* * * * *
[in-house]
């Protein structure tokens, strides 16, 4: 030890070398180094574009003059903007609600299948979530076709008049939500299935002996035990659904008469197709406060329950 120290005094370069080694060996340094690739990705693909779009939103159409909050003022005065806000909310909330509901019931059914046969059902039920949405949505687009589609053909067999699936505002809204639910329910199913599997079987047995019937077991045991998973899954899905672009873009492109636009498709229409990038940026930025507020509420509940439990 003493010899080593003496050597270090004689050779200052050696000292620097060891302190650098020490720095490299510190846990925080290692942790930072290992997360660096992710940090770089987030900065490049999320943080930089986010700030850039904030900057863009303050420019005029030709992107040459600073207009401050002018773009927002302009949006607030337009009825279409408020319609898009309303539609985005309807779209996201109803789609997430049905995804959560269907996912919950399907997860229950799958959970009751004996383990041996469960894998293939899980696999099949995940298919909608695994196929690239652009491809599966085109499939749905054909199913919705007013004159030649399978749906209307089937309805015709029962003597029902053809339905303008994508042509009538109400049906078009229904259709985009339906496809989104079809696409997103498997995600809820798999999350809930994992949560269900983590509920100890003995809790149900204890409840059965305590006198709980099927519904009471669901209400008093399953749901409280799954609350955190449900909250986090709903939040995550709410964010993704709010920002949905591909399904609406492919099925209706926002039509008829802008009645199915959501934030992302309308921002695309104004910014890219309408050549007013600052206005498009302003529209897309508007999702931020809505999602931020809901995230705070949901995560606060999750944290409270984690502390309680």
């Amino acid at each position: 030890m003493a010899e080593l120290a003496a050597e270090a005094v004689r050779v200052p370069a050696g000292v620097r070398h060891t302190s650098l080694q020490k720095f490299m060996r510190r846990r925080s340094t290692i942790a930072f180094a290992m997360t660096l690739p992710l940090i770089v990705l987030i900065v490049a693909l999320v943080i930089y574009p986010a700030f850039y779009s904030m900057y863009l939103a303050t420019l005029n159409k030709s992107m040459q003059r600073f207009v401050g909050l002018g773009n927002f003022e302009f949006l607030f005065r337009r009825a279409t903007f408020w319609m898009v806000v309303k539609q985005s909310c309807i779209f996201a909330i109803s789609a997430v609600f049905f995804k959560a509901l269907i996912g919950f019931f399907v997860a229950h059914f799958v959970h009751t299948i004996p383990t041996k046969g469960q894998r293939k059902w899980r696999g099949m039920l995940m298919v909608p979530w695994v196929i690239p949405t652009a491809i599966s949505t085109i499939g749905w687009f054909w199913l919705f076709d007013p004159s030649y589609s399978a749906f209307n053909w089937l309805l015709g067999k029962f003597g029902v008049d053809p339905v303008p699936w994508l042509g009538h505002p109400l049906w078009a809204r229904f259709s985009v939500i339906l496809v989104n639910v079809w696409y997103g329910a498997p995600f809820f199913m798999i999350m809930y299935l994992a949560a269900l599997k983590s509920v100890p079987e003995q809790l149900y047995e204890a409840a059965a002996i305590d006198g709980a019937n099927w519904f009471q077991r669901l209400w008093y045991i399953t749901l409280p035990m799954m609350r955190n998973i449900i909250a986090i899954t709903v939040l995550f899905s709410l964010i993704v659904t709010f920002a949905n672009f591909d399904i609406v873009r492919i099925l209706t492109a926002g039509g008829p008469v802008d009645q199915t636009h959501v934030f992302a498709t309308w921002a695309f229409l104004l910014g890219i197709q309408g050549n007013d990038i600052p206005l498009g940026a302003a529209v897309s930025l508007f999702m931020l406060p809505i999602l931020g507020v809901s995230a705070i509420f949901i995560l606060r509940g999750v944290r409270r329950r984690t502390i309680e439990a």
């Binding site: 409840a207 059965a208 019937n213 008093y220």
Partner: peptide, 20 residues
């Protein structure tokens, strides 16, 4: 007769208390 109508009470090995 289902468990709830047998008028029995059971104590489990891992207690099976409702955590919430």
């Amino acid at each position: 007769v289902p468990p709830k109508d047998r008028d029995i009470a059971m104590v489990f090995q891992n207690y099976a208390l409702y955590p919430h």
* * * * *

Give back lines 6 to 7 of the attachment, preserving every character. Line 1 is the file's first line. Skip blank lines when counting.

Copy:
């Protein structure tokens, strides 16, 4: 007769208390 109508009470090995 289902468990709830047998008028029995059971104590489990891992207690099976409702955590919430």
């Amino acid at each position: 007769v289902p468990p709830k109508d047998r008028d029995i009470a059971m104590v489990f090995q891992n207690y099976a208390l409702y955590p919430h």